President Biden’s tax agenda

3/1/2021

With all eyes on President Biden and his first 100 days, the reality is that a slim Democratic majority in Congress and the need to address the overwhelming health and economic effects of COVID-19 mean that enacting sweeping tax legislation is unlikely early in his first year in office. However, that doesn’t mean that some of President Biden’s campaign tax policy agenda won’t be implemented.

Legislation isn’t the president’s only tool for realizing his tax policy goals. Regulatory and administrative actions are powerful tools a for the president to use to move forward with his tax policy agenda.

President Biden’s tax agenda
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President Biden’s tax agenda

Tax regulatory changes could be on the horizon

While legislation is required to make many of the tax changes that President Biden proposed during his campaign, the administration might consider regulatory action in the following areas to more quickly move closer to achieving its tax policy goals.

  • International tax provisions enacted by the Tax Cuts and Jobs Act of 2017 (TCJA). Tighten regulations implementing the international tax provisions enacted by the TCJA, including limiting safe harbors and exceptions like the recently added global intangible low-taxed income high-tax exclusion.
  • 20% pass-through deduction. Narrow eligibility for the 20% pass-through deduction under IRC Section 199A, including expanding the types of services subject to phaseout of the income-based deduction.
  • Like-kind exchanges. Limit the definition of real estate for purposes of eligibility for Section 1031 like-kind exchange deferral.
  • Opportunity zones. Revisit eligibility requirements and increase reporting.
  • Compensation and benefits. Eliminate regulatory obstacles to increase retirement savings opportunities for low- and middle-income individuals, and revoke the prior administration’s health plan changes that affect employers.
  • Energy credits. Better align regulations and other guidance with President Biden’s climate policy goals.
Clues for future legislation exist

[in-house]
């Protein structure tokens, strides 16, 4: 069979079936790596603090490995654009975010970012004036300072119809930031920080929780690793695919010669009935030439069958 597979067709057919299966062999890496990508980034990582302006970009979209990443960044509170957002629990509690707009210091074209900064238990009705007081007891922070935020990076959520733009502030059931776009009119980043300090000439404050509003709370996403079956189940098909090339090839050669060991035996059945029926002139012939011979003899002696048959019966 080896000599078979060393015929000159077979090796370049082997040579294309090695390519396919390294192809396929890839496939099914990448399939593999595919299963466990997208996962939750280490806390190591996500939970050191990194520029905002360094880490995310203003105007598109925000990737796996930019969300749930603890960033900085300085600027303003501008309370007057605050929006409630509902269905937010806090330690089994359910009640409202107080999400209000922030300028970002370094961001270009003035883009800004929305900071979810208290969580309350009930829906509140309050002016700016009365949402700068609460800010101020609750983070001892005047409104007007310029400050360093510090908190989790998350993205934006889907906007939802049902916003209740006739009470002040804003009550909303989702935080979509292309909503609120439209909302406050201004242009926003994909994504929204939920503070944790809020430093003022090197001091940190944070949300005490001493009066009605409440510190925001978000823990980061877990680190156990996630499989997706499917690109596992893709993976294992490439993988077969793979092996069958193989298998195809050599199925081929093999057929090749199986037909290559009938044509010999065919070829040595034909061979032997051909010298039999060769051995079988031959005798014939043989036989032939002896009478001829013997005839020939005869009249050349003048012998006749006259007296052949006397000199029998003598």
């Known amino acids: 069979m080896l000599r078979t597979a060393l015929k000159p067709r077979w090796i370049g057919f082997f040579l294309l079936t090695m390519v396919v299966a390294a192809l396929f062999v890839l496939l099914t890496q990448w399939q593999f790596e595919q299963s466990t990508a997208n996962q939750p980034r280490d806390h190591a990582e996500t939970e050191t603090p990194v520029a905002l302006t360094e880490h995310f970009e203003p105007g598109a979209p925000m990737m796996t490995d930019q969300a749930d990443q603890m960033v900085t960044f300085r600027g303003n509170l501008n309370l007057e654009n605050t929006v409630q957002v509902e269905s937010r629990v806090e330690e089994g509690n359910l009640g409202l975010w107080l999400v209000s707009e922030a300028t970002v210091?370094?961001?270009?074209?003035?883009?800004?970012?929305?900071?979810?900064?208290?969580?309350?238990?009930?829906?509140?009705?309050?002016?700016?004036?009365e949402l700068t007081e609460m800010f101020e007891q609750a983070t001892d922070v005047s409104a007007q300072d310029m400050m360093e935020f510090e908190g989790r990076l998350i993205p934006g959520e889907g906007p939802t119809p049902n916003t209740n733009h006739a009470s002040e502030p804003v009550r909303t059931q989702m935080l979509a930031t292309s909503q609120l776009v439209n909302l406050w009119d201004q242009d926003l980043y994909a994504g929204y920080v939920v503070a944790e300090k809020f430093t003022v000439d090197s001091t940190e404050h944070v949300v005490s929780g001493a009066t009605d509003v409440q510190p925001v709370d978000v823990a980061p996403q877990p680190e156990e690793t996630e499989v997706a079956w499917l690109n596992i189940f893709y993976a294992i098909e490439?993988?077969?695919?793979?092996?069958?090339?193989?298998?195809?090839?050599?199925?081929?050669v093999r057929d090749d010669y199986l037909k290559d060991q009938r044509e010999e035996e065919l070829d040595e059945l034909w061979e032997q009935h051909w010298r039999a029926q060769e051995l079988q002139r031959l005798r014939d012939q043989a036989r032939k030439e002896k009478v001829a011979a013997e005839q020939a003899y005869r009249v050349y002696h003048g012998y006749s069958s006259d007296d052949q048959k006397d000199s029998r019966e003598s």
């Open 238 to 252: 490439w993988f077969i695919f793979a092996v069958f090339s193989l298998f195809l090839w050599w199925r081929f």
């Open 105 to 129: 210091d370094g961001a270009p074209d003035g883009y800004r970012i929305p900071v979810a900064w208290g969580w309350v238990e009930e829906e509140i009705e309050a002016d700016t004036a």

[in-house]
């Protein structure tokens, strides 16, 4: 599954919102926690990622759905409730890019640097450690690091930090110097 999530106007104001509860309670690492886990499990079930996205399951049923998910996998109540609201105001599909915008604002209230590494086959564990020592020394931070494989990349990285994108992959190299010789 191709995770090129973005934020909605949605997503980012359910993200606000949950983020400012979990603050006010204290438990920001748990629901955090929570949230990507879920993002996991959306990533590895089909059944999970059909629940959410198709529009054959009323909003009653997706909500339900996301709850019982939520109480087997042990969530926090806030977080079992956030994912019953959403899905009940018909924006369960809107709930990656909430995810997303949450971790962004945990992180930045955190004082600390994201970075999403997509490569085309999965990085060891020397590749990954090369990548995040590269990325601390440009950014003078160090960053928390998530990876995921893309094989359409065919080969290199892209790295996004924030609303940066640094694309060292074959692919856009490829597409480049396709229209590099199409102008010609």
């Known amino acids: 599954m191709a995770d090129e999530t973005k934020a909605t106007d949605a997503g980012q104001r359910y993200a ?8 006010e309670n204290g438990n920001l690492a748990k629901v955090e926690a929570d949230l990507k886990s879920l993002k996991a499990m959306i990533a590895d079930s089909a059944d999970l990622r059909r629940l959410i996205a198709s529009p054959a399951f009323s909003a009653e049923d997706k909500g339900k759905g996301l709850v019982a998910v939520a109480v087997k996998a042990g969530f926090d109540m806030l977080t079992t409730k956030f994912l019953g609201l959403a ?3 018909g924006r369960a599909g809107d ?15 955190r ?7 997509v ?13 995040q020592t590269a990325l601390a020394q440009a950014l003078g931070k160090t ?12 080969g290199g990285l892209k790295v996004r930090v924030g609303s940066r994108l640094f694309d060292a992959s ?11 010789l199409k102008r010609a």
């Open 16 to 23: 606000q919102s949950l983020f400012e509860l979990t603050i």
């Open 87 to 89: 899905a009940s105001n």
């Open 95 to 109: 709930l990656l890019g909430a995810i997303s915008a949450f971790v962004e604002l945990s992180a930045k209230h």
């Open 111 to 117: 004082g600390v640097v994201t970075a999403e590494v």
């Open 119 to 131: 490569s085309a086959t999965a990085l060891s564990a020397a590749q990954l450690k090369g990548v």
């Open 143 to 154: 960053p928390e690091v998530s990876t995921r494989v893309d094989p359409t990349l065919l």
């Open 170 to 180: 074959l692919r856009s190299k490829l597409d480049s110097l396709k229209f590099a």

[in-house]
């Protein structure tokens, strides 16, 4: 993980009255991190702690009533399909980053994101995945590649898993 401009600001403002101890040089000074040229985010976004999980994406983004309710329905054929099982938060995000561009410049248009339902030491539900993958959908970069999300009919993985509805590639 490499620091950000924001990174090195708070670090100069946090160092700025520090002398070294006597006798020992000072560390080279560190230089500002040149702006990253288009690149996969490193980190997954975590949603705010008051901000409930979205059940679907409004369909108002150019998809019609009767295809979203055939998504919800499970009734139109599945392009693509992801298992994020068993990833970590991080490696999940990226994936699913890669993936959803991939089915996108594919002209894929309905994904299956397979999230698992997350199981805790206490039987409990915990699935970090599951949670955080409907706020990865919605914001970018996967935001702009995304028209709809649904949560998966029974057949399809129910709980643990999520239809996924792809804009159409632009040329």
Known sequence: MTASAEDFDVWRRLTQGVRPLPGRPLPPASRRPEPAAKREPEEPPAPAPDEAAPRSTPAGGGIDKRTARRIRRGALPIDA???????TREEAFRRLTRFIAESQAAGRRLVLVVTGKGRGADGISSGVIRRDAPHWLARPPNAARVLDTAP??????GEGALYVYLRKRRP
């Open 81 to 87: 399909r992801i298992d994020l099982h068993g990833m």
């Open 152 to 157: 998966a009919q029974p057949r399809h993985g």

Clues for future legislation exist

Previously introduced bills and tax proposals provide clues about legislation that the current Democrats in Congress might introduce.

For instance, many of the tax proposals included in President Biden’s campaign materials were described in the “General Explanations of the Administration’s Fiscal Year 2017 Revenue Proposals” that accompanied the budget for fiscal year 2017. Other campaign tax proposals are included in bills that recently were introduced or passed in the House, such as the Securing a Strong Retirement Act of 2020 and the Social Security 2100 Act.

Immediate tax hikes seem unlikely

Moving the president's tax policy agenda

President Biden’s campaign proposals included significant tax increases for corporations and wealthy individuals that some thought would be enacted immediately after he took office. Given the current economic and political climate, however, immediate increases in taxes on corporations or wealthy individuals seem unlikely.

In addition, remarks from administration officials indicate a hesitancy to retroactively raise taxes. Given Congress and the president’s other priorities, it is unlikely that a tax legislation package not related to COVID-19 will be effective before 2022.

In the meantime, the U.S. Department of the Treasury and the IRS are likely to work on regulations and other administrative action to move President Biden’s tax agenda forward. Whether these new rules will apply to the 2021 tax year will depend on how quickly they are issued.

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Gary A. Fox
Office Managing Partner, South Bend
Rochelle Hodes
Rochelle Hodes
Principal, Washington National Tax